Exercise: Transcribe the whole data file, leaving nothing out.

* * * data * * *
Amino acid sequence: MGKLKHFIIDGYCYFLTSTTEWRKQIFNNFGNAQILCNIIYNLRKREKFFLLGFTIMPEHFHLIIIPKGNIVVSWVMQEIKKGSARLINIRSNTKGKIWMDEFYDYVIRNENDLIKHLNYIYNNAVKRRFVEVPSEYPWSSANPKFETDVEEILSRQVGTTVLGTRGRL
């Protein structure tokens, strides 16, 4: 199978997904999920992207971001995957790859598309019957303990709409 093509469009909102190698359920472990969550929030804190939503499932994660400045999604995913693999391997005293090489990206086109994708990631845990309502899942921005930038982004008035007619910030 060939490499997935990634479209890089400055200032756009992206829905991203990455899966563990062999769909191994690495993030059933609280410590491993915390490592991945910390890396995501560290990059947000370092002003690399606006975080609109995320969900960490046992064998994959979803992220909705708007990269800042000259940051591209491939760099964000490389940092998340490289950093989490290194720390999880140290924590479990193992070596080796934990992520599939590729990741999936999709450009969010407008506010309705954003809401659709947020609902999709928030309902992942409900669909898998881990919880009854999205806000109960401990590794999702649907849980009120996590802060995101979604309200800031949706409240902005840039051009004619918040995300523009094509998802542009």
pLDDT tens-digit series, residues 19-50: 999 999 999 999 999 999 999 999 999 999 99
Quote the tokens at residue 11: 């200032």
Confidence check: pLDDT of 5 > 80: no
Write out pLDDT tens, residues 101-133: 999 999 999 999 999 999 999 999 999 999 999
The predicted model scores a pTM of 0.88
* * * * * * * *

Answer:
Amino acid sequence: MGKLKHFIIDGYCYFLTSTTEWRKQIFNNFGNAQILCNIIYNLRKREKFFLLGFTIMPEHFHLIIIPKGNIVVSWVMQEIKKGSARLINIRSNTKGKIWMDEFYDYVIRNENDLIKHLNYIYNNAVKRRFVEVPSEYPWSSANPKFETDVEEILSRQVGTTVLGTRGRL
């Protein structure tokens, strides 16, 4: 199978997904999920992207971001995957790859598309019957303990709409 093509469009909102190698359920472990969550929030804190939503499932994660400045999604995913693999391997005293090489990206086109994708990631845990309502899942921005930038982004008035007619910030 060939490499997935990634479209890089400055200032756009992206829905991203990455899966563990062999769909191994690495993030059933609280410590491993915390490592991945910390890396995501560290990059947000370092002003690399606006975080609109995320969900960490046992064998994959979803992220909705708007990269800042000259940051591209491939760099964000490389940092998340490289950093989490290194720390999880140290924590479990193992070596080796934990992520599939590729990741999936999709450009969010407008506010309705954003809401659709947020609902999709928030309902992942409900669909898998881990919880009854999205806000109960401990590794999702649907849980009120996590802060995101979604309200800031949706409240902005840039051009004619918040995300523009094509998802542009």
pLDDT tens-digit series, residues 19-50: 999 999 999 999 999 999 999 999 999 999 99
Quote the tokens at residue 11: 């200032």
Confidence check: pLDDT of 5 > 80: no
Write out pLDDT tens, residues 101-133: 999 999 999 999 999 999 999 999 999 999 999
The predicted model scores a pTM of 0.88